Cracked Teeth

Cracked teeth are some of the most difficult teeth to diagnose accurately. The symptoms are highly variable. These may include inconsistent pain with chewing, pain when the tooth is exposed to hot or cold, or pain when you stop biting. These pains may be there one day and gone the next, only to return some time in the future.

Pain with cracked teeth is the result of the pulp or nerve tissue becoming damaged. Initially the pain may only occur when biting pressure is applied. As the nerve becomes more inflamed the pain may become constant. Eventually, the nerve will die and this can lead to an infection in the bone (an abscess).

Time is critical in the diagnosis of a fracture. The sooner a fracture can be found, the better the prognosis for the tooth.

Let us discuss the different types of fractures:

Most of the time nerve tissue will become inflamed with these teeth and require root canal treatment. After the pulp chamber is opened the endodontist will evaluate the extent of the fracture. This is done through the use of hand held lights, dye, and the use of a surgical microscope. This is done to make sure the tooth is restorable and that the fracture line does not extend past where a crown ends.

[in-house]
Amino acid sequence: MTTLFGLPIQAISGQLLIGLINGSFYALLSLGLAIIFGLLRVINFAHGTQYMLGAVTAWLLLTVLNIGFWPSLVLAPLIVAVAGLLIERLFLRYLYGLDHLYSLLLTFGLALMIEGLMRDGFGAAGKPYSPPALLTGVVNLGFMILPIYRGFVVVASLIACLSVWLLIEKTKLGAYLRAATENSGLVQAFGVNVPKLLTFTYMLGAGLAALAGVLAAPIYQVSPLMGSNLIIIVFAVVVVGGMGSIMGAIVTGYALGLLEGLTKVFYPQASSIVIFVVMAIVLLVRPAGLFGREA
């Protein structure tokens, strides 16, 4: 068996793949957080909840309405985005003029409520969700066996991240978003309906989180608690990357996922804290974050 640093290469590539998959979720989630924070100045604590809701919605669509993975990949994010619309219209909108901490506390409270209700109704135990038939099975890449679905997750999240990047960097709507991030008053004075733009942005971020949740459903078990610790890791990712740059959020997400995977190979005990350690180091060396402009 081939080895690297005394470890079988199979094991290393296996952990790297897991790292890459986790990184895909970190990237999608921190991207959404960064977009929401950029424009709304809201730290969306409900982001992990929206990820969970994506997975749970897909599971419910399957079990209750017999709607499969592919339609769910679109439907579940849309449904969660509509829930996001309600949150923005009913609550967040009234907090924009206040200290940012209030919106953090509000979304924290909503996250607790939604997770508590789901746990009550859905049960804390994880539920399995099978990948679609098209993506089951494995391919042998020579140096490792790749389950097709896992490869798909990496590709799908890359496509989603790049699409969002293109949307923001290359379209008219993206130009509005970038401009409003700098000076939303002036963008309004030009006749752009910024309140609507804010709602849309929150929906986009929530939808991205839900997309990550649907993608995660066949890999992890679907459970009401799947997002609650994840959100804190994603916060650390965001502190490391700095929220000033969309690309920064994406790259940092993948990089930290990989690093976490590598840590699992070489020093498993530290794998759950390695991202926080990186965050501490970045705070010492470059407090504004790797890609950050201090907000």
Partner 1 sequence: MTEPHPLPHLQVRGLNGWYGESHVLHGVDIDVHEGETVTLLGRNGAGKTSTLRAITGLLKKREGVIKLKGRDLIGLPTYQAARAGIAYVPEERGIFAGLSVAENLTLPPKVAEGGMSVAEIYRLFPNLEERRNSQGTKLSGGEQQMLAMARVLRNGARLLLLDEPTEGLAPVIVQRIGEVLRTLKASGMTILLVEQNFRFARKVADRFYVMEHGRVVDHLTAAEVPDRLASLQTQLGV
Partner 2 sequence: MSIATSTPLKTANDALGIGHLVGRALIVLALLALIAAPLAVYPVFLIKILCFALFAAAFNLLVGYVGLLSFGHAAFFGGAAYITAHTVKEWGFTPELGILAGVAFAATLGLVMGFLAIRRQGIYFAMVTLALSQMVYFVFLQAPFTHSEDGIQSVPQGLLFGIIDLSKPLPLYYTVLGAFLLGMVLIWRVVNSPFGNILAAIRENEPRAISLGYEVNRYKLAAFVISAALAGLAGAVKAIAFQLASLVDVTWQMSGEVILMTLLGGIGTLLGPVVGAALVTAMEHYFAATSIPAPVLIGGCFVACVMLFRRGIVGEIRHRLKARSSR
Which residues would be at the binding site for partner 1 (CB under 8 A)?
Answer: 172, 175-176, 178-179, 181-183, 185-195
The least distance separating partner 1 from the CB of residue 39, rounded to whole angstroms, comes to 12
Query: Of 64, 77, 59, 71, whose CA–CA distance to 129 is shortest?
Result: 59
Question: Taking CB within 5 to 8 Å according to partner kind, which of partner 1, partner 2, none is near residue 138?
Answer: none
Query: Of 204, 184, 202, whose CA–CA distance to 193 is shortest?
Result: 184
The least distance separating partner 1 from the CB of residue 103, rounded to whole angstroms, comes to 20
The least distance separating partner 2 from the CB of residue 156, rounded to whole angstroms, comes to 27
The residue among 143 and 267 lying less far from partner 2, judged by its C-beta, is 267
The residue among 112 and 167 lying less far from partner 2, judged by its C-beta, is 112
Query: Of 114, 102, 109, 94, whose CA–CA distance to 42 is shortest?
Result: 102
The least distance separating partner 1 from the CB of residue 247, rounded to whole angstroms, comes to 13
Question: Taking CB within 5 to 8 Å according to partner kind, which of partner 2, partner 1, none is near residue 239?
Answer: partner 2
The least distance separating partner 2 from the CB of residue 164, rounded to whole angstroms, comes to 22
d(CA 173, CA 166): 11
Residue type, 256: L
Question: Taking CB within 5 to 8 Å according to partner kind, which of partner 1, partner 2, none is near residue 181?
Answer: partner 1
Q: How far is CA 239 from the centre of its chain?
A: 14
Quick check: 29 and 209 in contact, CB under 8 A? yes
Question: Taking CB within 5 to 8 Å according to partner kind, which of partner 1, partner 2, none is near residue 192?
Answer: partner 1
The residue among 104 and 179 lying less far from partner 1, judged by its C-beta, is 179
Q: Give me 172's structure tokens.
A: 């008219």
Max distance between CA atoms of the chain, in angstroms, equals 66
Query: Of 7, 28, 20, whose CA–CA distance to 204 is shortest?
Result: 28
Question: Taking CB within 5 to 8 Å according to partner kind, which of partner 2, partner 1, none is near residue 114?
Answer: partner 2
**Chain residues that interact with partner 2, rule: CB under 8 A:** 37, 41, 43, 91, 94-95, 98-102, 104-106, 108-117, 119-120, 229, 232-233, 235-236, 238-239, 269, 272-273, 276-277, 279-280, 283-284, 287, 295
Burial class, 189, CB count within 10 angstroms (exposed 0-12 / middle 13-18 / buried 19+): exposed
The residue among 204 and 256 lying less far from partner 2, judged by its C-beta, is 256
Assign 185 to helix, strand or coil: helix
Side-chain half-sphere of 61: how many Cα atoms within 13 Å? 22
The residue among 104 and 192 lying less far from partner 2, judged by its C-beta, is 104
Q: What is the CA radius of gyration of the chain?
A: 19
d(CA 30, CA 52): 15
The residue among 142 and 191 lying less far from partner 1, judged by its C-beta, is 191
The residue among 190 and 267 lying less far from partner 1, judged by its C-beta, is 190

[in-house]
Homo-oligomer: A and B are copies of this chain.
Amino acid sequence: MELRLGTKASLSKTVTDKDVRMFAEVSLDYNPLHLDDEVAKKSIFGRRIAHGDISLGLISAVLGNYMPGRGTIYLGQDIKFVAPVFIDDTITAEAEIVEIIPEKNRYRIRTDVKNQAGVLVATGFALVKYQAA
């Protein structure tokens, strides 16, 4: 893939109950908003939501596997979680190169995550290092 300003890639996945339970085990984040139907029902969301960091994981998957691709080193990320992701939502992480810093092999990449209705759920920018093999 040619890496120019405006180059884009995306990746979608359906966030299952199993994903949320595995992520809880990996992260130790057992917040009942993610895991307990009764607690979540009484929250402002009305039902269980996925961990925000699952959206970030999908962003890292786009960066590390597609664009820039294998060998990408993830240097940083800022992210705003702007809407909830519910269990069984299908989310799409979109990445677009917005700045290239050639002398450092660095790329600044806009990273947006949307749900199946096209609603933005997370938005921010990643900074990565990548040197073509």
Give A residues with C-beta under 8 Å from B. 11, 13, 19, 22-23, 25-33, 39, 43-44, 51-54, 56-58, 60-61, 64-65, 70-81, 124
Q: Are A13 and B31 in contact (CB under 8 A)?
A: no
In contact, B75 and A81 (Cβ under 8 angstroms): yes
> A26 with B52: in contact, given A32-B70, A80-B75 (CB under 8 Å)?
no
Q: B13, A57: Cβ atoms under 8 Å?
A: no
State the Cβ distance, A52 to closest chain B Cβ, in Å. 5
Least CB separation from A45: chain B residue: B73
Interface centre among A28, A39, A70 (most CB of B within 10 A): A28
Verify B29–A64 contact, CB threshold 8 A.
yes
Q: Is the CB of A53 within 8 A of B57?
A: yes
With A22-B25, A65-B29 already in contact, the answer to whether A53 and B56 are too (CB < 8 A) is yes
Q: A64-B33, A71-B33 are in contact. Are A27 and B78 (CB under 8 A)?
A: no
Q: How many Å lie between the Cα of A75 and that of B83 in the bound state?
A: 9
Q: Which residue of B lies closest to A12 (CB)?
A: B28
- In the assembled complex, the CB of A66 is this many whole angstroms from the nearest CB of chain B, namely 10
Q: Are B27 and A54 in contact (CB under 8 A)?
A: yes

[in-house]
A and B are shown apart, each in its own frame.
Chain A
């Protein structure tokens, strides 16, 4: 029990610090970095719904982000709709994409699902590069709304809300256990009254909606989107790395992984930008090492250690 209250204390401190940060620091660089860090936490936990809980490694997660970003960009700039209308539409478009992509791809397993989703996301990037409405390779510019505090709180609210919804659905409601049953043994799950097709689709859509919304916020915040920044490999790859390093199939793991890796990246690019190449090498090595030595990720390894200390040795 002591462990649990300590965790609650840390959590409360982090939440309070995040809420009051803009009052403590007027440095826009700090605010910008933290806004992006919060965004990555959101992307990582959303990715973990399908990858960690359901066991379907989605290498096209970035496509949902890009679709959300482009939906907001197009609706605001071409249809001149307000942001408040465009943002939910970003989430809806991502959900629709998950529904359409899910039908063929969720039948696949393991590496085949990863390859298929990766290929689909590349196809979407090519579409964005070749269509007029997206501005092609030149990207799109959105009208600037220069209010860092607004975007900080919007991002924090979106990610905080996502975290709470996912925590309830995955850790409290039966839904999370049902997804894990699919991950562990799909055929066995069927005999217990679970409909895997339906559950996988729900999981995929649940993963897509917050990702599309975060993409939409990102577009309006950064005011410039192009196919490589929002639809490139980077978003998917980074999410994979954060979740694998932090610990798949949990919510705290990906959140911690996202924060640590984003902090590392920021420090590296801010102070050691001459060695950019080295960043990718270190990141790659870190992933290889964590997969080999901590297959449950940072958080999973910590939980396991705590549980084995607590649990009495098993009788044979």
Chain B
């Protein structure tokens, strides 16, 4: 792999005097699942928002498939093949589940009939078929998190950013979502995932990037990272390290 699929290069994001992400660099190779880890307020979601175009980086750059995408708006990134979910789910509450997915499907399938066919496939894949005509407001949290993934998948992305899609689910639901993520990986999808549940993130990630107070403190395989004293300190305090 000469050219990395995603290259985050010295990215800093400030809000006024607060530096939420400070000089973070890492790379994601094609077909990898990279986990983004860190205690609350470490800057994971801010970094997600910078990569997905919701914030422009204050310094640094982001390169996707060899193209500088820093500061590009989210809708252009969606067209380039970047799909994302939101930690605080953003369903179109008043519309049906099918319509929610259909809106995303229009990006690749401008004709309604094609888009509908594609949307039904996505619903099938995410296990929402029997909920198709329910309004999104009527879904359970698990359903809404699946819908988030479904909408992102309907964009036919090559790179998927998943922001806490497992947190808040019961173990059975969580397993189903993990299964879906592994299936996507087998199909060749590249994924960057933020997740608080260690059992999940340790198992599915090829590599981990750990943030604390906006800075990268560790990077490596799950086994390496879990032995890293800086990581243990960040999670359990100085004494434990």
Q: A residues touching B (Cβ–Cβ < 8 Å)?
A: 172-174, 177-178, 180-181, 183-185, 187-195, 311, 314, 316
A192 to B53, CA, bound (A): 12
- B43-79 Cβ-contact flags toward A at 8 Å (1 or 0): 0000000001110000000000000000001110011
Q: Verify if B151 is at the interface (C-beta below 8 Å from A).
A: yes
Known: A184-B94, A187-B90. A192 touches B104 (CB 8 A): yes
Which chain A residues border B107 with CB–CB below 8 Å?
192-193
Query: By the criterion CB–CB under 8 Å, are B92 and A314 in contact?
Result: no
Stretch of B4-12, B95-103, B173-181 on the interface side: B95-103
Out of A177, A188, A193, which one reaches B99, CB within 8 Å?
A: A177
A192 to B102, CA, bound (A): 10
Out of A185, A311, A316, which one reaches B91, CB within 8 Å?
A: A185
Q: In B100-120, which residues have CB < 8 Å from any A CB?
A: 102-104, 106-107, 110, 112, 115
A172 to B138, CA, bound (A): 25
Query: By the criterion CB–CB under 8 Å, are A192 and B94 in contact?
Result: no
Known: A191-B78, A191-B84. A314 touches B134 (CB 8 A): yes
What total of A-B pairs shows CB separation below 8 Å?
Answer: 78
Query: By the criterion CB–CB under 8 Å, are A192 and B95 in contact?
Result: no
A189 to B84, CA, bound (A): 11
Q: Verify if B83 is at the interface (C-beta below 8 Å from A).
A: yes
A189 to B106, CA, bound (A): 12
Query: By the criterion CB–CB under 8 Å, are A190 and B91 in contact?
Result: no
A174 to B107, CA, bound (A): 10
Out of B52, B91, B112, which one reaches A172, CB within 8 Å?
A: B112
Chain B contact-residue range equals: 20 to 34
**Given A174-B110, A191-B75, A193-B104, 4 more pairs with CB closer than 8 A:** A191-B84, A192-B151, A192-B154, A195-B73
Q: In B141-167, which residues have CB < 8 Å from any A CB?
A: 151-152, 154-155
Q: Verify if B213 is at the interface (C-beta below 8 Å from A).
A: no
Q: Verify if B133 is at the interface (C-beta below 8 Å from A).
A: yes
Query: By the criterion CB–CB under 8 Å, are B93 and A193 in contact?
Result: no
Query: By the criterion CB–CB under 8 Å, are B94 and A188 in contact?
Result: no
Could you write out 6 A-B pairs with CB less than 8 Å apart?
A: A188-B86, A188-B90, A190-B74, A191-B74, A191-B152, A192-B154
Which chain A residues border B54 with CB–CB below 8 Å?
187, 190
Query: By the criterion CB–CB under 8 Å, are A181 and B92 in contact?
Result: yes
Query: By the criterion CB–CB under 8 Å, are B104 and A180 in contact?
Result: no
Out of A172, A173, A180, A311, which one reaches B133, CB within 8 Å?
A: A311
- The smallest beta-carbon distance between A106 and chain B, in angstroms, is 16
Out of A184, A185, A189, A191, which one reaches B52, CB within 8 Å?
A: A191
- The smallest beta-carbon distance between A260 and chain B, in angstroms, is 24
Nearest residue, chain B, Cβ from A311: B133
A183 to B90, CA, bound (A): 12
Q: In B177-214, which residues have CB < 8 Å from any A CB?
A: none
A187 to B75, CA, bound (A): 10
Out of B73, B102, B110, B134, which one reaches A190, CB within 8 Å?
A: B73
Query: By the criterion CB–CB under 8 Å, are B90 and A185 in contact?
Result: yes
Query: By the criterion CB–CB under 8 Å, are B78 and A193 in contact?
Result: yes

If the cracked tooth is not treated in a timely manner it will worsen over time. Eventually the inaction will result in the loss of the tooth.

You may ask, “What causes a crack or fracture?”

These are usually the result of a trauma, such as biting something hard or an accident, clenching or grinding. These make take months or even years to develop and be found.

You may ask, “Will my tooth completely heal?”

Unlike a broken bone, which can produce more hard tissue to heal itself, the fractured tooth cannot. Through the use of a crown and bonded restorations the tooth can receive maximum protection. Unfortunately even with treatment some fractures may continue to progress and the tooth maybe lost in the future.

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